WINMODEMS ARE NOT MODEMS
Mirrored Page at ModemDriver.com (With Permission from Author)
So-called Winmodems, host-based, HCF-, HSP-, HSF-, controllerless, host-controlled, and soft modems require vendor-supplied software to do the work of proper hardware modems. The sale of these devices for x86-based PCs is becoming increasingly popular among retailers and OEMs because of their lower cost.
Since 1998, my opinion on these devices has been tempered by changes in:
- how the chip-makers and modem-makers have acknowledged the growing base of Linux users,
- the installed base of PCs that are capable of using a host-based modem without significant impact on the CPU, and
- the emergence of PC motherboards with AC'97 capability.
This section used to say:
However, Winmodems are only appropriate for use with Microsoft Windows on a fast Pentium.
I'm not sure this blanket statement is still true. As evidenced by the big list, there are many GNU/Linux users using their "linmodems" with varying degrees of success. On the other hand, this does not help all the *BSD users, the x86 Solaris users, and others who would also benefit from non-proprietary software drivers.
A chart summarizing the hardware differences between traditional modems, controllerless and software modems can be found here or, for a longer explanation, here or here.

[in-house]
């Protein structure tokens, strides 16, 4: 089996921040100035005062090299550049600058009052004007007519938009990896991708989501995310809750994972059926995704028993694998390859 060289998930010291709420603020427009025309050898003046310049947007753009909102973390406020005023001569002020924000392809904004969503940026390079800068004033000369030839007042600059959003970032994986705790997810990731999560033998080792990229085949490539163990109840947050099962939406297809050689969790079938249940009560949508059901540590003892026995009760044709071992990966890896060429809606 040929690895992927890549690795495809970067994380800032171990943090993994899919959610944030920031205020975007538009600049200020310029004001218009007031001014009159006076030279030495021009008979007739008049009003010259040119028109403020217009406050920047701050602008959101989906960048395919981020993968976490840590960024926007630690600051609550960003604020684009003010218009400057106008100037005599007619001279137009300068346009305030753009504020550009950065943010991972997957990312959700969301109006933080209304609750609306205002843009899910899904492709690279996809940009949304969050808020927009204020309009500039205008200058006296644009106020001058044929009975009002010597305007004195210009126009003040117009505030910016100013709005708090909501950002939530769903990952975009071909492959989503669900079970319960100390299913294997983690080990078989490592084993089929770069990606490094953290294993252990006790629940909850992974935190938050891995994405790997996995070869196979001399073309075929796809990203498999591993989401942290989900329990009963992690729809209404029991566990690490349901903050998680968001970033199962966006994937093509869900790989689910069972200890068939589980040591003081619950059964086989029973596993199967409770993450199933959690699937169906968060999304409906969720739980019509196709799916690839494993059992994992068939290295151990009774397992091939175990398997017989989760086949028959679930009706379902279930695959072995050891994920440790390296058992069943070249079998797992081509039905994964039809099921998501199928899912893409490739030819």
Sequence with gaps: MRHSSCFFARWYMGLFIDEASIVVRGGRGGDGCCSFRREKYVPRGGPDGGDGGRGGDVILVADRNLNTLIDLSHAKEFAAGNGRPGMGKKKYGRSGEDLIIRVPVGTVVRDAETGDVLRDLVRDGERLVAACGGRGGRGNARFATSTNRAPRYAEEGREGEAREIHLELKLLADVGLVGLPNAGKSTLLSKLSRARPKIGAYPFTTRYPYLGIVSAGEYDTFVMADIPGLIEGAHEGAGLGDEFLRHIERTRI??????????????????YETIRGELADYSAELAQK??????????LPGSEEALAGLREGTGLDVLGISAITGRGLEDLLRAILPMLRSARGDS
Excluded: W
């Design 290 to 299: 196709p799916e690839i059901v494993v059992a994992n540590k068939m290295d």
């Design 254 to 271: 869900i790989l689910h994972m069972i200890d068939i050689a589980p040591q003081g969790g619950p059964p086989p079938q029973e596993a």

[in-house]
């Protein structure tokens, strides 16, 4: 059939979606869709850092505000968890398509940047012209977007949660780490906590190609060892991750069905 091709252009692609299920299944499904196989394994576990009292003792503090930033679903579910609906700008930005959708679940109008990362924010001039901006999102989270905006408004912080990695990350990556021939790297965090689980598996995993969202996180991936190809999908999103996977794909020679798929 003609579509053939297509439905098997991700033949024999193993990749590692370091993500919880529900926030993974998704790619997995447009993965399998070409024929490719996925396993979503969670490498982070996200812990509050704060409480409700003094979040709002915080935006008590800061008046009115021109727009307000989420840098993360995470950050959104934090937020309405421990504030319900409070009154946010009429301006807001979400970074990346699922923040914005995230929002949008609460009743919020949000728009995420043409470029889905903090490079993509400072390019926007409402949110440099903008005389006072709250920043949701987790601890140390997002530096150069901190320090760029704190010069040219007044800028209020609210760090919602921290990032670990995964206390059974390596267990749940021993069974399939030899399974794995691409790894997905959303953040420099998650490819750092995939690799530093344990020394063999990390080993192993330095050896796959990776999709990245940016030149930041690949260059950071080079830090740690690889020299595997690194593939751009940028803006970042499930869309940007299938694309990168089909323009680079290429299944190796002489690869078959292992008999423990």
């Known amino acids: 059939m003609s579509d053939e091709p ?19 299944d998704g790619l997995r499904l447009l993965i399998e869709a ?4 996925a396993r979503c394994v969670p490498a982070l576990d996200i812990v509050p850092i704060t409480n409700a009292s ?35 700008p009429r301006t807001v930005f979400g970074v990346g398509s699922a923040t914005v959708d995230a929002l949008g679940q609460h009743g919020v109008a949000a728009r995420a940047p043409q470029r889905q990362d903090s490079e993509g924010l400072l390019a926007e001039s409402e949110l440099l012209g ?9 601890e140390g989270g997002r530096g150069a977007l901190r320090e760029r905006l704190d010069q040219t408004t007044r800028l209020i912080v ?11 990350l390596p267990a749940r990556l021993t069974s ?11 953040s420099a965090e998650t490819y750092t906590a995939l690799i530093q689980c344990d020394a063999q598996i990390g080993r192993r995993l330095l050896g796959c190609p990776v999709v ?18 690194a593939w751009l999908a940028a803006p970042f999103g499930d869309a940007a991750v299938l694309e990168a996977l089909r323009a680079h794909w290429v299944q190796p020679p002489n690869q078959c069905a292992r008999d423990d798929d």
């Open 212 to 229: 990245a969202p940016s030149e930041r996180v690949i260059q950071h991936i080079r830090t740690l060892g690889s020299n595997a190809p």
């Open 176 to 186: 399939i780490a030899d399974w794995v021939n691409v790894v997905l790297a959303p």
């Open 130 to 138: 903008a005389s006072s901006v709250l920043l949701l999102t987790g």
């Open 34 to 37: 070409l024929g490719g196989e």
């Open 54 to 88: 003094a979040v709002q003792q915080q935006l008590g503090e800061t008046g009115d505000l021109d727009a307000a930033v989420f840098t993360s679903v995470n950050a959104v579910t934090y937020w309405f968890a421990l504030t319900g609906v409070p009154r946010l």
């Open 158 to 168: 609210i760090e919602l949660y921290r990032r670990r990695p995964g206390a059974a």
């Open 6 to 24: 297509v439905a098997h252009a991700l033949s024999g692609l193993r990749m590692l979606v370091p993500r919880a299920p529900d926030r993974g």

The developers at linmodems.org have coined the term Linmodem to describe a winmodem that can be used with Linux with a commercial or open-source driver.
It has been pointed out to me that the name "Winmodem" is/was a registered trademark of U.S. Robotics (or 3Com while they were merged). I'm sure that they are proud of this fact ;) In any case, when I refer to Winmodems, please read it as "Winmodems(tm), host-based modems, HCF-modems, HSP-modems, and all similar modem-like hardware."
Added a link to Dell's Broadcom BCM421x driver. Thanks to John Martiney for locating this driver!
The Conexant HCF driver now supports older Rockwell (127A) PCI chipsets as well as 14F1:181x Combo Lan/Modem cards
1. If Winmodems are not really modems, why do manufacturers make them?
It all comes down to cost. First, a winmodem lacks parts found in regular modems-- these parts are "emulated" by software running on your CPU. This lowers the unit cost to manufacture them. Second, most consumers using Microsoft Windows will never realize that their "56K Modem" is actually a winmodem, so the OEMs are happy.
2. Oops, I bought a Winmodem. Will it work with Linux?
Not without some effort. A Winmodem requires software to emulate the hardware missing from the modem card. For some winmodems, such as the 3Com/US Robotics Winmodems, this software is only available for Microsoft Windows. For most others, there are groups adapting proprietary drivers to function as "Linmodem" drivers.
3. This all sounds way over my head. Just tell me where to get the .rpm.
Sorry, the whole idea of using binary drivers in a Free operating system is an ugly hack. Consider this an opportunity to learn more about your computer :) Honestly, you must know which of several types of winmodem you have in order to pick the right driver.
Please remember: if you have a choice, a hardware modem is always the best choice for Linux users. If you have a laptop with a built-in winmodem, though, you'll need a "linmodem" driver.